Meyer Shank Racing has made it clear it is not to be taken lightly.
In the midst of its second full-time season in the NTT IndyCar Series, the proud single-car outfit has delivered a pair of top 10s, including a fourth at St. Petersburg, through the opening four races of 2021.
However, some questioned the team’s approach at the recent Texas Motor Speedway doubleheader after Jack Harvey made aggressive attempts to protect his position, specifically against Graham Rahal, late in the running of the opening race.
After the race, Rahal said the two would need to “have a man-to-man talk about it.” Although both drivers maintained their respect for one another, Harvey added that “sometimes I feel like either me or the team, there are people that still think of us like part-time, small-team attitude and think they can just do whatever, anytime.”
That’s the central issue as the organization braces for two races this weekend with its IndyCar squad taking on the Indianapolis Motor Speedway road course, while its sister IMSA team campaigns its Acura DPi at Mid-Ohio.
“Well, what Jack was saying is 2000% right,” co-owner Michael Shank said. “We’re not going to get freaking pushed around. We’re not going to get shoved, period. And sometimes that pisses people off on either side: IMSA or IndyCar. Specifically, Jack last week got called out on some stuff that just just mind-boggled me. But we’re just not going to be pushed around. Jack acknowledged that to everybody, and I’m proud of him for doing it.
MILLER: Playing the oddsTop Gun Racing makes test debut ahead of Indy 500 entryHilary Swank to play Janet Guthrie in feature film
“It goes for the IMSA side (as well). If you hit us, we’re coming back at you, or if you block us, we’re going to come at you again. The IndyCar side of it, I think it comes from maybe a little lack of respect, and it’s my pet peeve of my life, is (lack of) respect.
“So, whatever Jack’s got to do, I’ll support him on it. They made it into a dramatic moment for us last week, but that’s OK. Our team is a lot bigger now. Jim Meyer (co-owner of MSR) came in a couple of years ago and then last October Liberty Media, who bring a tremendous amount of resources with them, came to us. There’s expectations. We’re not the little team. Our team is probably, truthfully, the fifth- or sixth-largest team in racing in open-wheel or sports car overall if you look at us from a revenue and employee side. We just got to get some closing done. We got to get some wins. We’ve got to keep staying on the podium with both programs and kind of earn the respect that I’ve had to do all my life, every step of the way. I’m a freshman every year, it seems like.”
For those on the inside, MSR’s ‘little team that could’ reputation is wearing thin. Cantrell/Motorsport Images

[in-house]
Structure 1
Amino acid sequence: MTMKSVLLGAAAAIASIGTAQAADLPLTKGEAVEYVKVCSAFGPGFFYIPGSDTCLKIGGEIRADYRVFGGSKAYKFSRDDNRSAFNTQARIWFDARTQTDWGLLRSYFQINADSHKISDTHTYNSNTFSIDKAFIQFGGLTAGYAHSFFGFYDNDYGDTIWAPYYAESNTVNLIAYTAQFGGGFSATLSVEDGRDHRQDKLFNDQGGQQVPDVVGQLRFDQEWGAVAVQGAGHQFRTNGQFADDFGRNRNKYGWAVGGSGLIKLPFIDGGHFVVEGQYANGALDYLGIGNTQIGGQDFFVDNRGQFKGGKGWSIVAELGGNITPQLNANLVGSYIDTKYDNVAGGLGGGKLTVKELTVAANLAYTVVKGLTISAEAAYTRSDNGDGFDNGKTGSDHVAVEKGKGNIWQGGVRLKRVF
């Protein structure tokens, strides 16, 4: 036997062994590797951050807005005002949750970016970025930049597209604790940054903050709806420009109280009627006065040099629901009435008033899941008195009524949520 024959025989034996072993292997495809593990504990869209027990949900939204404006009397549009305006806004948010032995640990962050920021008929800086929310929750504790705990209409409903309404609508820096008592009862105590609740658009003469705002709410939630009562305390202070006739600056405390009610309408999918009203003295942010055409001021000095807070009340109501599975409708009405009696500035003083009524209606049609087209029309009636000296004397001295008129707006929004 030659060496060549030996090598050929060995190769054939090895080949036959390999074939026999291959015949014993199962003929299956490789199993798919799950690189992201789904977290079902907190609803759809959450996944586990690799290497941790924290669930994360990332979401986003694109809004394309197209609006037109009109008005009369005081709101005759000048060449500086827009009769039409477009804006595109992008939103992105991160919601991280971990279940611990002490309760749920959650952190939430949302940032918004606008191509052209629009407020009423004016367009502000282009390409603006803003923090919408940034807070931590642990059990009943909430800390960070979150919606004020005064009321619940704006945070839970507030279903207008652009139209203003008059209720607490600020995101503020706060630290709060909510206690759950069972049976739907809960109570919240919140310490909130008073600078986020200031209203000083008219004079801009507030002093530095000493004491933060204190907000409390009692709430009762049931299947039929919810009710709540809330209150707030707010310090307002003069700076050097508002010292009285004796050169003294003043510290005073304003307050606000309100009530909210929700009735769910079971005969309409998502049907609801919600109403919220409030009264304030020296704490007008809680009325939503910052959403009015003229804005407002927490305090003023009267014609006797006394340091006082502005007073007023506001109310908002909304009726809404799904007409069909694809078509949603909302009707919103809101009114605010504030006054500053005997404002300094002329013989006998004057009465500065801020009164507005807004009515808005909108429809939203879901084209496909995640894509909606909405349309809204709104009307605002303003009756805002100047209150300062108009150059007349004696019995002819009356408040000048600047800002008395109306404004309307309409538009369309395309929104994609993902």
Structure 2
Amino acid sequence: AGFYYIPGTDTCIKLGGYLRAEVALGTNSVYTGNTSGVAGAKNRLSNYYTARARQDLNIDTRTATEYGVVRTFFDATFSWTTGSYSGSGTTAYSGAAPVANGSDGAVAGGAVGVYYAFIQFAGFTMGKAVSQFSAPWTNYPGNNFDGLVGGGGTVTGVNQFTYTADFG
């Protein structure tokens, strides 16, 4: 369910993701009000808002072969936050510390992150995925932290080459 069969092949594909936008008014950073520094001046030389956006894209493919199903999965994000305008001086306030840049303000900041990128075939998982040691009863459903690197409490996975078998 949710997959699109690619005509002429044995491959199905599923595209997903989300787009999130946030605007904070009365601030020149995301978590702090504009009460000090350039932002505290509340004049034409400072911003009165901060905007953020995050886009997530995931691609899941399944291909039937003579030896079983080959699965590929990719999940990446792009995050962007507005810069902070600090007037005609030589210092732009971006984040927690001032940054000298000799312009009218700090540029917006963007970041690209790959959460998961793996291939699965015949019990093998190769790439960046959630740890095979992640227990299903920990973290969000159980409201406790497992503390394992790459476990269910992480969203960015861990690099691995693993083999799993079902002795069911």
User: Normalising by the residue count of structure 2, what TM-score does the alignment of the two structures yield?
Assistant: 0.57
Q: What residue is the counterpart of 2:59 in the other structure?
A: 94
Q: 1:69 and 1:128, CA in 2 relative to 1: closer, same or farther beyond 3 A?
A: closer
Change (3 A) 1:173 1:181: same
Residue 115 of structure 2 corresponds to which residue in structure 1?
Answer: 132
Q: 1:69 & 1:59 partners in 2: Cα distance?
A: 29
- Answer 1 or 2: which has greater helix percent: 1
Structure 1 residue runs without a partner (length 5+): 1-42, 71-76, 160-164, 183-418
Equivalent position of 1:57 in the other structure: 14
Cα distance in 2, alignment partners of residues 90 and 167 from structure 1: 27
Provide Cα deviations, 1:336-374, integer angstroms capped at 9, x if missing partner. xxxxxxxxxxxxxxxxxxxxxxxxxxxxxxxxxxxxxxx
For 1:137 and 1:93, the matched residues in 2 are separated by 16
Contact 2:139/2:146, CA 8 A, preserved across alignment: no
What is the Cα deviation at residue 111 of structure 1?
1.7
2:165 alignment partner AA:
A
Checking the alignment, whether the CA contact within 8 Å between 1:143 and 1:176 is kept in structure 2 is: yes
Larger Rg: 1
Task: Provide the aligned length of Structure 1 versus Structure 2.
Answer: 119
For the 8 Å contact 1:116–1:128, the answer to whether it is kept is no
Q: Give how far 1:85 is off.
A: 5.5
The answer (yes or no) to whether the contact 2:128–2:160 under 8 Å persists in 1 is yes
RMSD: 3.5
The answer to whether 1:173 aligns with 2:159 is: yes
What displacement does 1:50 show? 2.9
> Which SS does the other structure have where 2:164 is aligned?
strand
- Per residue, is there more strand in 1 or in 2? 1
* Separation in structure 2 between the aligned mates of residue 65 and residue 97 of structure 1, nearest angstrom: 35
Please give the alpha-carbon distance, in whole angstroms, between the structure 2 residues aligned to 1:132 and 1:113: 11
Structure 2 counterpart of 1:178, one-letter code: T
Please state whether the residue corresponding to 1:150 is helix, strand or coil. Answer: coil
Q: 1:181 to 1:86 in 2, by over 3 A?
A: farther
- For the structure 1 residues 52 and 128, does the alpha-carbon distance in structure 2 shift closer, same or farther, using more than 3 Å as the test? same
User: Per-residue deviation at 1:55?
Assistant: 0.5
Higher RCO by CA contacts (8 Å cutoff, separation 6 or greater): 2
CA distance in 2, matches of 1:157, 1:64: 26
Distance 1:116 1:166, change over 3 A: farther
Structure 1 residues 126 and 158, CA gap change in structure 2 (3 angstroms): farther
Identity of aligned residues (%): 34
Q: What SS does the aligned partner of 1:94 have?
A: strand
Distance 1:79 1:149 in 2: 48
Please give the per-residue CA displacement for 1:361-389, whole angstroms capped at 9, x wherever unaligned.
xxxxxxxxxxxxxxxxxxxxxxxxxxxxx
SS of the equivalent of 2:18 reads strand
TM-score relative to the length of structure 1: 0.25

Looking back at his words from just 10 days ago, Harvey didn’t put his stance down to erupting emotions, but instead felt it was simply the right moment to put to rest the ‘small, little team that could’ image.
“I certainly didn’t go into the weekend trying to be hyper-aggressive or anything like that,” said Harvey, who sits 10th in the championship standings. “It’s just the opportunity was there, and we went for it. Looking back, it’s good just to establish that. Certainly, we’re not patting each other on the back or anything like that. We just all expect to do (well). As a follow-on from Michael’s point, I don’t care what the size of the team is, I just want to be the team that did.
“I was running the other day and Twisted Sister came on, and it was the song ‘We’re not going to take it’, and I just thought it seemed pretty appropriate after our last weekend when we made so many friends on track. Whatever. I’m not here to be everyone’s best friend. I’m here to try and get good results, make the team proud, make our partners proud, because one thing I think everyone so easily overlooked last weekend is, if I hadn’t have made some of those moves, I’d have to go and then talk to Michael and Jim and explain why we’re not being aggressive, why we’re not getting after it, and they’re not fun conversations to have either.
“At the end of the day, it was just an opportunity to show everybody – drivers, Michael and Jim – how much I want to be here, how much I want this program to have success and do it together. So I thought it was amazing how everyone just so easily expects to poke their nose up the inside and give everybody the corner willy-nilly. Certainly, we’re not going to be hyper-aggressive, but we’re not going to be pushovers, and I think we know where that barrier and that line is. I thought we picked quite a good one in Texas, and I certainly don’t see any reason to change that approach.”